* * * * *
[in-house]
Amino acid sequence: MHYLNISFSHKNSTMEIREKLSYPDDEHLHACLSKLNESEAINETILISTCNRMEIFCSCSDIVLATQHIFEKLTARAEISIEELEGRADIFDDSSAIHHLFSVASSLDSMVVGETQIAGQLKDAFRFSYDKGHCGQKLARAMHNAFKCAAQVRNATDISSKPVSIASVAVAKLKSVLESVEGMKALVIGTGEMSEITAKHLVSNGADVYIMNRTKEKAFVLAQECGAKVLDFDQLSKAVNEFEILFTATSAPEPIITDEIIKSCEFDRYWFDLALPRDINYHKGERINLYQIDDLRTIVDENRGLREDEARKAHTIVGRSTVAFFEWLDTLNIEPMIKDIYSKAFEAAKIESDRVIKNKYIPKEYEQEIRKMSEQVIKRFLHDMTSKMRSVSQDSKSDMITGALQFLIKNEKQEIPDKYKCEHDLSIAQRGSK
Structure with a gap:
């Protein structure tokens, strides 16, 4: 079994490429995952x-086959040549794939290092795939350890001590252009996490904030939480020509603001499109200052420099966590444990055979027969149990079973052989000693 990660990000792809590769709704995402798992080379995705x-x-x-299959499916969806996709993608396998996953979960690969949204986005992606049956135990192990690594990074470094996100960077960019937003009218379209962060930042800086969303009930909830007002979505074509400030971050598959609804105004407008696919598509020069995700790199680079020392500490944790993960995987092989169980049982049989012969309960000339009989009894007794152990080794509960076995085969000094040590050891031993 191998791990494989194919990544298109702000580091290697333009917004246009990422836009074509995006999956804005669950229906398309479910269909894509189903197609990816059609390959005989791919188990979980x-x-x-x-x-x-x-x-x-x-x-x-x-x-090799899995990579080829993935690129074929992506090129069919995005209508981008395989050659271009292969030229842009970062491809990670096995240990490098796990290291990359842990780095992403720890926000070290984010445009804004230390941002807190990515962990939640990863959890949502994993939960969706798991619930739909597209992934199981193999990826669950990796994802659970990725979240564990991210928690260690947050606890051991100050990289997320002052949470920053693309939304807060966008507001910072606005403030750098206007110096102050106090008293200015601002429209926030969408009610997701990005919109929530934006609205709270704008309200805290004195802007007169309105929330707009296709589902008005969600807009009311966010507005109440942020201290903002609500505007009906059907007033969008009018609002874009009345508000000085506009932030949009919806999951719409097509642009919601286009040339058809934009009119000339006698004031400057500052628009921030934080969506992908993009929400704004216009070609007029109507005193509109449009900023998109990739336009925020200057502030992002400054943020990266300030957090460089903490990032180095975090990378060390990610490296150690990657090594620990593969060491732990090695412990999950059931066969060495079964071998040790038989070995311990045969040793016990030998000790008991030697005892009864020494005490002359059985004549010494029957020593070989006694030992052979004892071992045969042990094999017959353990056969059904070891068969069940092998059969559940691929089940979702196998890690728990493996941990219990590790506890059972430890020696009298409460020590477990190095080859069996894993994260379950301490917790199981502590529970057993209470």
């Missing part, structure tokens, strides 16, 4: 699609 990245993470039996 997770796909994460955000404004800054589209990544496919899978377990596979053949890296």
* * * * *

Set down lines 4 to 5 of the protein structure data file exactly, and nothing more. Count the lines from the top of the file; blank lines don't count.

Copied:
């Protein structure tokens, strides 16, 4: 079994490429995952x-086959040549794939290092795939350890001590252009996490904030939480020509603001499109200052420099966590444990055979027969149990079973052989000693 990660990000792809590769709704995402798992080379995705x-x-x-299959499916969806996709993608396998996953979960690969949204986005992606049956135990192990690594990074470094996100960077960019937003009218379209962060930042800086969303009930909830007002979505074509400030971050598959609804105004407008696919598509020069995700790199680079020392500490944790993960995987092989169980049982049989012969309960000339009989009894007794152990080794509960076995085969000094040590050891031993 191998791990494989194919990544298109702000580091290697333009917004246009990422836009074509995006999956804005669950229906398309479910269909894509189903197609990816059609390959005989791919188990979980x-x-x-x-x-x-x-x-x-x-x-x-x-x-090799899995990579080829993935690129074929992506090129069919995005209508981008395989050659271009292969030229842009970062491809990670096995240990490098796990290291990359842990780095992403720890926000070290984010445009804004230390941002807190990515962990939640990863959890949502994993939960969706798991619930739909597209992934199981193999990826669950990796994802659970990725979240564990991210928690260690947050606890051991100050990289997320002052949470920053693309939304807060966008507001910072606005403030750098206007110096102050106090008293200015601002429209926030969408009610997701990005919109929530934006609205709270704008309200805290004195802007007169309105929330707009296709589902008005969600807009009311966010507005109440942020201290903002609500505007009906059907007033969008009018609002874009009345508000000085506009932030949009919806999951719409097509642009919601286009040339058809934009009119000339006698004031400057500052628009921030934080969506992908993009929400704004216009070609007029109507005193509109449009900023998109990739336009925020200057502030992002400054943020990266300030957090460089903490990032180095975090990378060390990610490296150690990657090594620990593969060491732990090695412990999950059931066969060495079964071998040790038989070995311990045969040793016990030998000790008991030697005892009864020494005490002359059985004549010494029957020593070989006694030992052979004892071992045969042990094999017959353990056969059904070891068969069940092998059969559940691929089940979702196998890690728990493996941990219990590790506890059972430890020696009298409460020590477990190095080859069996894993994260379950301490917790199981502590529970057993209470």
């Missing part, structure tokens, strides 16, 4: 699609 990245993470039996 997770796909994460955000404004800054589209990544496919899978377990596979053949890296």